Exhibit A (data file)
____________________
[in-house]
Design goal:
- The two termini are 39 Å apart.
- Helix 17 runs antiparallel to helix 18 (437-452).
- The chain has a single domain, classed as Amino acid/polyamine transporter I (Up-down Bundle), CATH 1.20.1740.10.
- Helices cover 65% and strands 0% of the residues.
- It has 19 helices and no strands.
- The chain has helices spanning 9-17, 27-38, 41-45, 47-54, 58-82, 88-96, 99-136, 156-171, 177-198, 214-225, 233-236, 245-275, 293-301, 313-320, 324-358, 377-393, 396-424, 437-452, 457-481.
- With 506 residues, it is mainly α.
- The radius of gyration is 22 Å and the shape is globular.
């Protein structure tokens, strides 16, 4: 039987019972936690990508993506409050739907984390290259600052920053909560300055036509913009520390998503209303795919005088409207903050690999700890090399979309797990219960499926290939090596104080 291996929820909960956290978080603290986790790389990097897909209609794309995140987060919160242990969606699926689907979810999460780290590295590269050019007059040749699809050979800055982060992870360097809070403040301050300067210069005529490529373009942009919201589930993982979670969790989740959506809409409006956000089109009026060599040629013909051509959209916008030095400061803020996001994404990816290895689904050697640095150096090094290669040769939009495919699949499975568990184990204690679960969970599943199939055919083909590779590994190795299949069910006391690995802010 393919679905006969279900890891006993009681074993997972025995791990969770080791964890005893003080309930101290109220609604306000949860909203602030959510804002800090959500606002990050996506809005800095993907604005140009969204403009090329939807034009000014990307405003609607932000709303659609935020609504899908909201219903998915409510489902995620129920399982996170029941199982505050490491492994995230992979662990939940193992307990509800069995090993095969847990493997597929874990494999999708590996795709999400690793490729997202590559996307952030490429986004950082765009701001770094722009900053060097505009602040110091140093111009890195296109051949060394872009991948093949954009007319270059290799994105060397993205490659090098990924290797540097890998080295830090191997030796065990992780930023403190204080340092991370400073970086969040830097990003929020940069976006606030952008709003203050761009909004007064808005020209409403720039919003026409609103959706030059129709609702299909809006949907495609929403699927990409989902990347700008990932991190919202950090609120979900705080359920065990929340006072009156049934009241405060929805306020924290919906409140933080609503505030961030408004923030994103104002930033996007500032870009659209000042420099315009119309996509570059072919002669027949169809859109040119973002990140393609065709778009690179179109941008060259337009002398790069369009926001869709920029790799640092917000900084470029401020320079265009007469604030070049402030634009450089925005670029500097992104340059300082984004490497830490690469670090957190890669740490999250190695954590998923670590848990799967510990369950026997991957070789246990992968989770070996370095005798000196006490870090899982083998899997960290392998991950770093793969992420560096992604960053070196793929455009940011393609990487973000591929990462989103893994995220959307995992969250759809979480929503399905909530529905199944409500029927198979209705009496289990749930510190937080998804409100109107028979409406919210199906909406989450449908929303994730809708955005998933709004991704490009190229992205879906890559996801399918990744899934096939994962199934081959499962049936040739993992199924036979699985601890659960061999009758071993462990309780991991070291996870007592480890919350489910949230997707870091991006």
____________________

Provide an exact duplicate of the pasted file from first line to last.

[in-house]
Design goal:
- The two termini are 39 Å apart.
- Helix 17 runs antiparallel to helix 18 (437-452).
- The chain has a single domain, classed as Amino acid/polyamine transporter I (Up-down Bundle), CATH 1.20.1740.10.
- Helices cover 65% and strands 0% of the residues.
- It has 19 helices and no strands.
- The chain has helices spanning 9-17, 27-38, 41-45, 47-54, 58-82, 88-96, 99-136, 156-171, 177-198, 214-225, 233-236, 245-275, 293-301, 313-320, 324-358, 377-393, 396-424, 437-452, 457-481.
- With 506 residues, it is mainly α.
- The radius of gyration is 22 Å and the shape is globular.
């Protein structure tokens, strides 16, 4: 039987019972936690990508993506409050739907984390290259600052920053909560300055036509913009520390998503209303795919005088409207903050690999700890090399979309797990219960499926290939090596104080 291996929820909960956290978080603290986790790389990097897909209609794309995140987060919160242990969606699926689907979810999460780290590295590269050019007059040749699809050979800055982060992870360097809070403040301050300067210069005529490529373009942009919201589930993982979670969790989740959506809409409006956000089109009026060599040629013909051509959209916008030095400061803020996001994404990816290895689904050697640095150096090094290669040769939009495919699949499975568990184990204690679960969970599943199939055919083909590779590994190795299949069910006391690995802010 393919679905006969279900890891006993009681074993997972025995791990969770080791964890005893003080309930101290109220609604306000949860909203602030959510804002800090959500606002990050996506809005800095993907604005140009969204403009090329939807034009000014990307405003609607932000709303659609935020609504899908909201219903998915409510489902995620129920399982996170029941199982505050490491492994995230992979662990939940193992307990509800069995090993095969847990493997597929874990494999999708590996795709999400690793490729997202590559996307952030490429986004950082765009701001770094722009900053060097505009602040110091140093111009890195296109051949060394872009991948093949954009007319270059290799994105060397993205490659090098990924290797540097890998080295830090191997030796065990992780930023403190204080340092991370400073970086969040830097990003929020940069976006606030952008709003203050761009909004007064808005020209409403720039919003026409609103959706030059129709609702299909809006949907495609929403699927990409989902990347700008990932991190919202950090609120979900705080359920065990929340006072009156049934009241405060929805306020924290919906409140933080609503505030961030408004923030994103104002930033996007500032870009659209000042420099315009119309996509570059072919002669027949169809859109040119973002990140393609065709778009690179179109941008060259337009002398790069369009926001869709920029790799640092917000900084470029401020320079265009007469604030070049402030634009450089925005670029500097992104340059300082984004490497830490690469670090957190890669740490999250190695954590998923670590848990799967510990369950026997991957070789246990992968989770070996370095005798000196006490870090899982083998899997960290392998991950770093793969992420560096992604960053070196793929455009940011393609990487973000591929990462989103893994995220959307995992969250759809979480929503399905909530529905199944409500029927198979209705009496289990749930510190937080998804409100109107028979409406919210199906909406989450449908929303994730809708955005998933709004991704490009190229992205879906890559996801399918990744899934096939994962199934081959499962049936040739993992199924036979699985601890659960061999009758071993462990309780991991070291996870007592480890919350489910949230997707870091991006």